Federal Pell grants are awards to help undergraduate students pay for their education. These grants provide a “foundation” of financial aid, to which aid from other federal and non-federal sources may be added. Unlike loans, grants are awards and do not have to be paid back.
The U.S. Department of Education uses a standard formula revised and approved every year by Congress to evaluate the information you report when you apply for a Pell grant. The formula produces an Expected Family Contribution (EFC). Your Student Aid Report (SAR) contains this number and will tell you whether you are eligible for a federal Pell grant.
(Depending on Your Eligibility)
If you are qualify for a Pell Grant, the amount of the Pell Grant award you receive is determined by your EFC number, how long you will be enrolled during the academic year, your enrollment status and the cost of education at your school.
Many students rely on loans from the federal government to finance their educations. These Stafford Student Loans, administered by "Direct Lending Schools," are provided by the U.S. government directly to students and their parents. They have low interest rates relative to private/commercial student loan rates. Federal subsidized and unsubsidized loans do not require credit checks or collateral. Federal parent loans require credit check, but no collateral.
Federal student loans also provide a variety of payment plans, deferment options and extended repayment terms for those who qualify. Students eligible for the Stafford DL program loans are not allowed to borrow in any amount that exceeds the annual or aggregate loan limits, or their estimated cost of school attendance.
All Stafford loans are either subsidized (the federal government pays the interest while you're in school and during the six-month grace period beginning after you graduate, leave school or drop below half-time enrollment) or unsubsidized (you pay all the interest while your are enrolled and during the six-month grace period, although you can have the interest deferred until after your grace period beginning when you graduate, leave school, or drop below half-time enrollment). To receive a subsidized Stafford loan, you must be able to demonstrate financial need.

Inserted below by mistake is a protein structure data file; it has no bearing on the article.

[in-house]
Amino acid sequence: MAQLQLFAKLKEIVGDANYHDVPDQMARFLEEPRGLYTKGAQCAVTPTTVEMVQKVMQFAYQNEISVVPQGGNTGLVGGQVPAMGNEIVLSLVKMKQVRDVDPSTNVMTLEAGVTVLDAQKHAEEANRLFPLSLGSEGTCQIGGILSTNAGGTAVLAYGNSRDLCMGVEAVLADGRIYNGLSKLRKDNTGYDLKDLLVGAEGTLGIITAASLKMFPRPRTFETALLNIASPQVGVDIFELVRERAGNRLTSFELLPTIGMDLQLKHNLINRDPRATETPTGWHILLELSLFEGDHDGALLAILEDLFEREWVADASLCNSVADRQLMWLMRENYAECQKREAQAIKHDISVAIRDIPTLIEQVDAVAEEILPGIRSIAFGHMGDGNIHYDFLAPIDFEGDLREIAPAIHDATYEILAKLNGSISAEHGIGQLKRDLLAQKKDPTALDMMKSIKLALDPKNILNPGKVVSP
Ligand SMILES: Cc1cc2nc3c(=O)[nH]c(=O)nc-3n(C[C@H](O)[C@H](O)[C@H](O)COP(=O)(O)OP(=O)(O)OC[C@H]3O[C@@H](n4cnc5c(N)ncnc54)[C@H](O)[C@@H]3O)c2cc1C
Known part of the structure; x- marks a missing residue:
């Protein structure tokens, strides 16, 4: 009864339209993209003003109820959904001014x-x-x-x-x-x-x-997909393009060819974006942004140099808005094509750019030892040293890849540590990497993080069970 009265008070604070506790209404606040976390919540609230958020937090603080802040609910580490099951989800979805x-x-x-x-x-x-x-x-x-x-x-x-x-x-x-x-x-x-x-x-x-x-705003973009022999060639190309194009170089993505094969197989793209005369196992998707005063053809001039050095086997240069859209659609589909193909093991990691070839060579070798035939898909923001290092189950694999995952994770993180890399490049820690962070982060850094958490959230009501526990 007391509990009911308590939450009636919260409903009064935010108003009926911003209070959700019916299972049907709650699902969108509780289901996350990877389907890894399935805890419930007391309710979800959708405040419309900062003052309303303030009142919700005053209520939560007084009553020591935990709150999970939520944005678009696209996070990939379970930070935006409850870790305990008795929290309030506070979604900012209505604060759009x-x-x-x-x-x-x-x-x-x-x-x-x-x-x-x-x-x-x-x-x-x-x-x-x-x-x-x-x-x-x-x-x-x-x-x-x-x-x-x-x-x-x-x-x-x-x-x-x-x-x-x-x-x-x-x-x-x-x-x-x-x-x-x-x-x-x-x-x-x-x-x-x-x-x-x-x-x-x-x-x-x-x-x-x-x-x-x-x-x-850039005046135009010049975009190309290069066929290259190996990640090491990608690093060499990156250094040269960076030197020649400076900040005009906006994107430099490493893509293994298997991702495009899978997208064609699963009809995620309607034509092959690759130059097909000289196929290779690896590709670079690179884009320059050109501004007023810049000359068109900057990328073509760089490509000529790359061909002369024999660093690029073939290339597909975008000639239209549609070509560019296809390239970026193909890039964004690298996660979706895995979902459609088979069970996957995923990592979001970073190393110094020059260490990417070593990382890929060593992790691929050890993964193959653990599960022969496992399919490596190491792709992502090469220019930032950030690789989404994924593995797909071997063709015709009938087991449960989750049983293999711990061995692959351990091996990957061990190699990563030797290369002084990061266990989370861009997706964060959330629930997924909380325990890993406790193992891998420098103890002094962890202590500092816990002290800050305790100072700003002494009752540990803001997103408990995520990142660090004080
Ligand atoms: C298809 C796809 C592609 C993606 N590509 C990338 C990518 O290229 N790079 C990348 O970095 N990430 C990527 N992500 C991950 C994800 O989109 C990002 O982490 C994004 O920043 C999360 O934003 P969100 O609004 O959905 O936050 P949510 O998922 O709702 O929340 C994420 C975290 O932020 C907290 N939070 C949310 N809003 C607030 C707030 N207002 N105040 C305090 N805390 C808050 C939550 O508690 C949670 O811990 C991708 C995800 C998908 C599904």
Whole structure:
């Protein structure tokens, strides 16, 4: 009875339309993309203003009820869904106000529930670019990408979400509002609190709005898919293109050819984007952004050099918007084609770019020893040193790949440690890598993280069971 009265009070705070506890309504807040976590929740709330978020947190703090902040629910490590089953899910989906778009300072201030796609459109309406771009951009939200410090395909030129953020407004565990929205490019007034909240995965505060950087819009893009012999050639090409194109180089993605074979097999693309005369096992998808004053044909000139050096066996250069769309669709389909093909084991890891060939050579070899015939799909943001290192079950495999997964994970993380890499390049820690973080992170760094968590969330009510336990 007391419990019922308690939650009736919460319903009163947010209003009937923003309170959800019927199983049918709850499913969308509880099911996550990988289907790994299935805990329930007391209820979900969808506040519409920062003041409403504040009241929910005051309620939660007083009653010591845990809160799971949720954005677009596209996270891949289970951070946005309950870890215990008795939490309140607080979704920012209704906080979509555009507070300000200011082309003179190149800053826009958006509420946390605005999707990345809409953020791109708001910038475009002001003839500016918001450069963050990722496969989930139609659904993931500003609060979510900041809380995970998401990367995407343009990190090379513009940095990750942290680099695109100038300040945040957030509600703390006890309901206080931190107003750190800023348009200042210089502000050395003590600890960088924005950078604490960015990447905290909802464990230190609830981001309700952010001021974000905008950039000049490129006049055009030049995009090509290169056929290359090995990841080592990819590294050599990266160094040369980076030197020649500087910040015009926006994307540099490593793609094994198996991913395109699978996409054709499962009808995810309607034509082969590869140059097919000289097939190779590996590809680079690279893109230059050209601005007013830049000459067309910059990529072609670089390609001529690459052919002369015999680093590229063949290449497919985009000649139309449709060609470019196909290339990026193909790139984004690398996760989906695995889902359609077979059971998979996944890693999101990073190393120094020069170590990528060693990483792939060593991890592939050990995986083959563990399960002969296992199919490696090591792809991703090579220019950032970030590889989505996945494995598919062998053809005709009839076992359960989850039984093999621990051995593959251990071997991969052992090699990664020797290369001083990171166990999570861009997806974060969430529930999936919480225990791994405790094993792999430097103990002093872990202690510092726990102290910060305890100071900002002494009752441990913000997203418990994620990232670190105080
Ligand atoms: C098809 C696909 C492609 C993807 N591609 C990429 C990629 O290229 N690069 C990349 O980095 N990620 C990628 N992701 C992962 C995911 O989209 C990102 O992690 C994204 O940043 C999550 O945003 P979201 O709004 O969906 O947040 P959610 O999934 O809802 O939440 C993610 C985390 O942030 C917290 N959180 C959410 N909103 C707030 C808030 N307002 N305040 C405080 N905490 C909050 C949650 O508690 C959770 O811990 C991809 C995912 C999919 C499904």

All students who have not exceeded the annual or aggregate loan limits, cost of attendance and meet eligibility requirements for Title IV assistance are eligible for the unsubsidized Stafford loan regardless of financial need.
If you do not qualify for a subsidized loan, with the unsubsidized Stafford loan you have the option to defer payments until after you graduate, leave school or drop below half-time enrollment by capitalizing the interest. This, however, adds the deferred interest payments to the loan balance, increasing the overall size and cost of the loan.
Parents of dependent students can take out loans to supplement their children's aid packages. The federal Parent Loan for Undergraduate Students (PLUS) allows parents to borrow money to cover any costs not already covered by the student's financial aid package, up to the full cost of attendance. Like the Stafford loan, PLUS loans are either FFELP (provided by private lenders, such as banks) or Direct (funds provided by the federal government). Parents seeking a PLUS loan must pass a credit check to become eligible.
PLUS loans are the financial responsibility of the parents, not the student. If the student agrees to make payments on the PLUS loan, but fails to make the payments on time, the parents will be held responsible.
Dependent students whose parents have been declined for a PLUS loan are eligible to borrow an additional $4,000.00 on an unsubsidized Stafford loan.